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The global recovery is robust and interest rates will soon rise

American and Canadian flags next to each other blowing in the wind.

Key takeaways

  • The Bank of Canada holds its target for the overnight rate at 0.25%.
  • The U.S. Federal Reserve holds the target range for the federal funds rate at 0-to-0.25%.
  • Both central banks expect rate hikes in the near future.

Earlier on Wednesday, the Bank of Canada (BoC) announced that it would hold its target for the overnight rate at 0.25%. Also confirmed, it will continue with the reinvestment phase of its quantitative easing program – only buying bonds to replace maturing assets. Notably, the BoC has removed its commitment to hold its policy interest rate at the effective lower bound given it feels economic slack has been absorbed.

Later in the afternoon, the U.S. Federal Reserve (Fed) announced that it too would hold its target for the federal funds rate at 0-to-0.25%. Additionally, it will continue to reduce the pace of asset purchases, bringing an end to its quantitative easing program in early March. Also notable, the Federal Open Market Committee commented that it expects that raising the target range will soon be appropriate.

With financial markets no longer requiring emergency-level policy support and the robustness of the global recovery, we too expect central bank interest rates to head higher over the next 12 months. However, we also believe this expectation is widely held and that, as a result, bond yields are likely to move only modestly higher from current levels.   

The global economy continues to heal

For Canada, GDP is expected to have grown by 4.5% in 2021. The BoC expects Canada’s economy to grow by 4.0% and 3.5% in 2023 and 2024 respectively. The BoC’s measures, including employment and housing data, suggests that economic slack has been absorbed.

In the U.S., indicators of economic activity and employment have also continued to strengthen. Parts of the economy most adversely affected by COVID-19 have improved in recent months despite a sharp rise in infections. The labour market has also improved substantially.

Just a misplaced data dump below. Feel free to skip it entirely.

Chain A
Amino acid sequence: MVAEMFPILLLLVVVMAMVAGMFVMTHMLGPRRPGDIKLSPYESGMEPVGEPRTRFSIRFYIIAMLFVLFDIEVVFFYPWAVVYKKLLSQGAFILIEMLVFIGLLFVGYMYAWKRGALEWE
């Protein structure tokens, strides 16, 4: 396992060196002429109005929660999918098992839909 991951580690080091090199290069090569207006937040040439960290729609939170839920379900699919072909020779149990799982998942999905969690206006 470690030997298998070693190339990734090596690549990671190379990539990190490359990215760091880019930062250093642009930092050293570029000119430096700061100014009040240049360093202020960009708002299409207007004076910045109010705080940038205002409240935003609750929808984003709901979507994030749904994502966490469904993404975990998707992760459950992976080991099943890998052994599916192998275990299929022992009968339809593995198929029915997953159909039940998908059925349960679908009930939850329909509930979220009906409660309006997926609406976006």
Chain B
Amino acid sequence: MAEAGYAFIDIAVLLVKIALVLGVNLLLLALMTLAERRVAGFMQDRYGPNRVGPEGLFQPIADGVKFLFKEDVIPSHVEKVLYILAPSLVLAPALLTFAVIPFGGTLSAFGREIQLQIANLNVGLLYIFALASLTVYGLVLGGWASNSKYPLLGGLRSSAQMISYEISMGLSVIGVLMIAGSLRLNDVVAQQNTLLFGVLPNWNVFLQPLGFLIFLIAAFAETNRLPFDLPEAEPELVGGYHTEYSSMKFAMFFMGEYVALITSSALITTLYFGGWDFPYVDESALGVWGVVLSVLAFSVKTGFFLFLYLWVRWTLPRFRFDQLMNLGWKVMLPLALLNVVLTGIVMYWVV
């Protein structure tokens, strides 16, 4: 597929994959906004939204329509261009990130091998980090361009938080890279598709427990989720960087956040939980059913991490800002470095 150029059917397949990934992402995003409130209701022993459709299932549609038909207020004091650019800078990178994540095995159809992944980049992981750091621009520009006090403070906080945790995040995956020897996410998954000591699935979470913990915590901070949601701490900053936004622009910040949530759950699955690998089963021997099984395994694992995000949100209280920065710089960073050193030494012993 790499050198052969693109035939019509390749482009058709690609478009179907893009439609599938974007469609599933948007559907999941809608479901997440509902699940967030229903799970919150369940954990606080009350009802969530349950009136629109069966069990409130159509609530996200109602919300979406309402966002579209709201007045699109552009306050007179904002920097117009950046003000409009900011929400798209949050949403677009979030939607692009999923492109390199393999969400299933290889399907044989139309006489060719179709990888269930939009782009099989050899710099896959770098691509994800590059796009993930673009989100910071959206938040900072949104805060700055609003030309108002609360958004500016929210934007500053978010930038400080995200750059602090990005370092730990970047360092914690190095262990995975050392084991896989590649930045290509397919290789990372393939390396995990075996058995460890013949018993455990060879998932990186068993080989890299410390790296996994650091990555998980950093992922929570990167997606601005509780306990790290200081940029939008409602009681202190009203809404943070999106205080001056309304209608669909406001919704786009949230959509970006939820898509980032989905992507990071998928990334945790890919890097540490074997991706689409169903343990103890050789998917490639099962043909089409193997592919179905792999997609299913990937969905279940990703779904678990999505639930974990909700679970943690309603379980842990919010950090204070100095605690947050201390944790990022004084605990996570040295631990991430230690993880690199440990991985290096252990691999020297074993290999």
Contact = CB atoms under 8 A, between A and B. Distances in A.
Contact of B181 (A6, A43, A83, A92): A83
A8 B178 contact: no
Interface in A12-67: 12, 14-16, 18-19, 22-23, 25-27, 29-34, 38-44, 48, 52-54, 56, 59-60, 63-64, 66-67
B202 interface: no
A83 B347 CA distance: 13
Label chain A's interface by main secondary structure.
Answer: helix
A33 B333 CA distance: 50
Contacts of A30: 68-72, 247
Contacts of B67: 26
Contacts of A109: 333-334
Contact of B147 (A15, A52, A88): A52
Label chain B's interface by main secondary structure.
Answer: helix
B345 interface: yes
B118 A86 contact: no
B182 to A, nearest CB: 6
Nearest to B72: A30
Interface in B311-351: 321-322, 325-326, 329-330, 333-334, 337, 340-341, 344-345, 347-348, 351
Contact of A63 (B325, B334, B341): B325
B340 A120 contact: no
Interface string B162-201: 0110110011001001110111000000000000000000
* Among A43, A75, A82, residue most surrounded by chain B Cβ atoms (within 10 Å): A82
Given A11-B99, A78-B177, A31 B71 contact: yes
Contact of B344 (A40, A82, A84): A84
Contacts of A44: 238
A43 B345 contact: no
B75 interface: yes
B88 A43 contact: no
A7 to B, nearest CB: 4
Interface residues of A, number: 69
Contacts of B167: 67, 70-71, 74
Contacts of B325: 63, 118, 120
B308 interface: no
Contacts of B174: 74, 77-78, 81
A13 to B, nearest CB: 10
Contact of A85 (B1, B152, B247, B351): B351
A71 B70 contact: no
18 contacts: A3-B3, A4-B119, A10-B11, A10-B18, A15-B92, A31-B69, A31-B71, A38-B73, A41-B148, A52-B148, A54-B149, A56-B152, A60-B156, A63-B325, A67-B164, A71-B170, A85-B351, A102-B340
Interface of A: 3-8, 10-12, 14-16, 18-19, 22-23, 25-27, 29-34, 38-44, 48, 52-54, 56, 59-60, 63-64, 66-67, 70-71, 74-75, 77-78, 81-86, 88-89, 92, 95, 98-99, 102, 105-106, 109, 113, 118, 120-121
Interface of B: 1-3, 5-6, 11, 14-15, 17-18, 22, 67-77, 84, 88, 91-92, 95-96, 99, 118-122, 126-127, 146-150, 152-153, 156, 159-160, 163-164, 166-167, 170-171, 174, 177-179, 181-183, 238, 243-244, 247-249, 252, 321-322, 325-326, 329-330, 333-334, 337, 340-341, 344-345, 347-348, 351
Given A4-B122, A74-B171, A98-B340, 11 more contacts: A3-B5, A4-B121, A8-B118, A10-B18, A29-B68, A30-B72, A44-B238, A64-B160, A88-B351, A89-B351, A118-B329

The global recovery from the pandemic is strong but uneven. The BoC projects global growth to moderate from 6.75% in 2021 to 3.5% in 2022 and 2023 – bolstered by strong consumer spending, exports and business investment. We won’t have the Fed’s latest projections until mid-March when its next Summary of Economic Projections will be published.

Unsurprisingly the Omicron variant continues to weigh on economic activity. Its overall impact will depend on how the situation develops, but it is expected to be less severe than previous waves.

Inflation likely to remain elevated through 2022

The combination of strong demand for goods, ongoing supply chain disruptions and the rebound in oil prices continues to keep short-term inflation elevated in most regions.

The BoC expects inflation to decline relatively quickly from 5.0% in the first half of 2022 to 3.0% by the end of the year, then gradually move towards its 2.0% target through 2023 and 2024 as productivity increases and demand moderates. The timing and pace of interest rate increases will be guided by the bank’s commitment to achieving its 2.0% inflation target.

Similarly, the Fed reiterated that its policy decisions will be guided by its goals of maximum employment and 2% long-term inflation.

Equity markets and bond yields move higher

Overall, financial conditions remain accommodative but have tightened recently with growing expectations that monetary policy will normalize sooner than markets anticipated. This was likely a major contributor to equity market volatility we witnessed earlier in the week.

Equity markets traded higher on Wednesday as did bond yields. The Canadian dollar depreciated against the U.S. dollar throughout the day, seeing noticeable dips following both the BoC and Fed announcements.

At this time, our portfolios remain overweight equities relative to fixed income overall. Within our equity allocation, we still prefer developed North American equities versus emerging markets.

With our fixed income allocation, we are positioned for the U.S. yield curve to flatten and yields to modestly rise as the Fed unwinds its quantitative easing program. And begins raising its key lending rate.

For more information about these announcements or our positioning, please contact your MD Advisor*.

The BoC’s next interest rate announcement is scheduled for March 2.

The Fed’s next interest rate announcement is scheduled for March 16.

* MD Advisor refers to an MD Management Limited Financial Consultant or Investment Advisor (in Quebec).

The above information should not be construed as offering specific financial, investment, foreign or domestic taxation, legal, accounting or similar professional advice nor is it intended to replace the advice of independent tax, accounting or legal professionals.

About the Author

Wesley Blight, CFA, CIM, FCSI, is an Assistant Vice President with the Multi-Asset Management team. He is responsible for the investment results of the firm’s fixed income and multi-asset products.

Profile Photo of Wesley Blight